BRUSSELS — The United States and its NATO allies are readying plans to pull away from the front lines in Afghanistan next year as President Barack Obama and fellow leaders try to show that the unpopular war is ending.
NATO allies insisted they are not pulling the plug early on the Afghanistan war as top military and diplomatic officials from the U.S. and NATO allies met Wednesday. The allies are finalizing a plan to shift primary responsibility for combat to Afghan forces and firming up a strategy for world support to the weak Afghan government and fledgling military after 2014.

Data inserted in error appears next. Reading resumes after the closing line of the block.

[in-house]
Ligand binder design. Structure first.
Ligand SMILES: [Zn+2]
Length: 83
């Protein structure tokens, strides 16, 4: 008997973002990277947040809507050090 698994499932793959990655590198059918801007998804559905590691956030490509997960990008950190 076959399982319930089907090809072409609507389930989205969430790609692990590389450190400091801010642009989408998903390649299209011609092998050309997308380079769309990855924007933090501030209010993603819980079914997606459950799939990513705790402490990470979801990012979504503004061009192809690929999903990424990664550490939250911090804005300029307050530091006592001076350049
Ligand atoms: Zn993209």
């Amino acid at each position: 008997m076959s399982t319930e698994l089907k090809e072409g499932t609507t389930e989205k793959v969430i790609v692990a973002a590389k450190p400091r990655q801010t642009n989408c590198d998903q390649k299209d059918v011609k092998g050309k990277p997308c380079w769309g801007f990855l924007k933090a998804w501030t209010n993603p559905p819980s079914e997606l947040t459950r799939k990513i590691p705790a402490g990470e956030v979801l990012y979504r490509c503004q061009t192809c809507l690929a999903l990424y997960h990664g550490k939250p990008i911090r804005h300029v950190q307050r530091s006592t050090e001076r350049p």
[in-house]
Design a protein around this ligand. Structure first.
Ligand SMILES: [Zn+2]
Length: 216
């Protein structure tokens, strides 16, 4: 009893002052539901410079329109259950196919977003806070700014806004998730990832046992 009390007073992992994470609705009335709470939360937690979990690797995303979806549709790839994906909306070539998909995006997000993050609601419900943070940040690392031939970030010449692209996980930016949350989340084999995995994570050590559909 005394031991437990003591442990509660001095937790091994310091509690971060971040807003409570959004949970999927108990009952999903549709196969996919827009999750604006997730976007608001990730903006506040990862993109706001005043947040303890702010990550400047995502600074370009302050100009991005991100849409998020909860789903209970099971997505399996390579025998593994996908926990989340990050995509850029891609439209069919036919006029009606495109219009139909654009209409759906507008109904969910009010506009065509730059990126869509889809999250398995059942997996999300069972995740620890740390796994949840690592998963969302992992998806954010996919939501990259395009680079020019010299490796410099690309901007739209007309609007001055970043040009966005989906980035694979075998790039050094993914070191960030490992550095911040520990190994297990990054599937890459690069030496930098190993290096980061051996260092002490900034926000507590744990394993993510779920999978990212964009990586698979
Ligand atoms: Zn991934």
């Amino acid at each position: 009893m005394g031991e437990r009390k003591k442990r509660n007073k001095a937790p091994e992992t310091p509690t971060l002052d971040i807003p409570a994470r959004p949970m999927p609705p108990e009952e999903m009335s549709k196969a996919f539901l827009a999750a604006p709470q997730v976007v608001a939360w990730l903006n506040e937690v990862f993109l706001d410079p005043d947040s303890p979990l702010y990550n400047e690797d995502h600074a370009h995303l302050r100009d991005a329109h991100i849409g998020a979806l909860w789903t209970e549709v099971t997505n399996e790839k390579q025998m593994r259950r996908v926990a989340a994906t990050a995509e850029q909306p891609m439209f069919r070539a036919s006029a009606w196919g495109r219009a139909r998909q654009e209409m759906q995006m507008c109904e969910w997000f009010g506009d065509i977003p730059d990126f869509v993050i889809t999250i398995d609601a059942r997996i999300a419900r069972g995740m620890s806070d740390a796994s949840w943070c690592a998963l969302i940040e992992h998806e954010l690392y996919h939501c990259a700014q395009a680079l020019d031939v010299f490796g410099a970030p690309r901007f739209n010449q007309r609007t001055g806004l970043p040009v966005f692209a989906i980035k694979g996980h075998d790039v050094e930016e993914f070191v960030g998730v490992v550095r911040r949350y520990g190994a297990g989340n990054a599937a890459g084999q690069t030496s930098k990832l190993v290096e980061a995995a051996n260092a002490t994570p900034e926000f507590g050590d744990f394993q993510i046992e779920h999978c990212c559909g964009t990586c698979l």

That year is the deadline to the NATO-led war to end, although it is clear that many nations will have long since stopped any active front-line combat and some will have pulled out completely.
At the same time, the nations that have prosecuted a 10-year war against a Taliban-led insurgency are reassuring nervous Afghans they will not be left to fend for themselves.
“There is no change whatsoever in the timeline,” NATO chief Anders Fogh Rasmussen insisted Wednesday.
The messages aimed at different audiences are both challenged by current events in Afghanistan, where insurgents staged an impressive, coordinated attack last weekend that struck at the heart of the U.S.-backed government and international enclave in Kabul. Meanwhile, Taliban leaders are boycotting peace talks the U.S. sees as the key to a safe exit.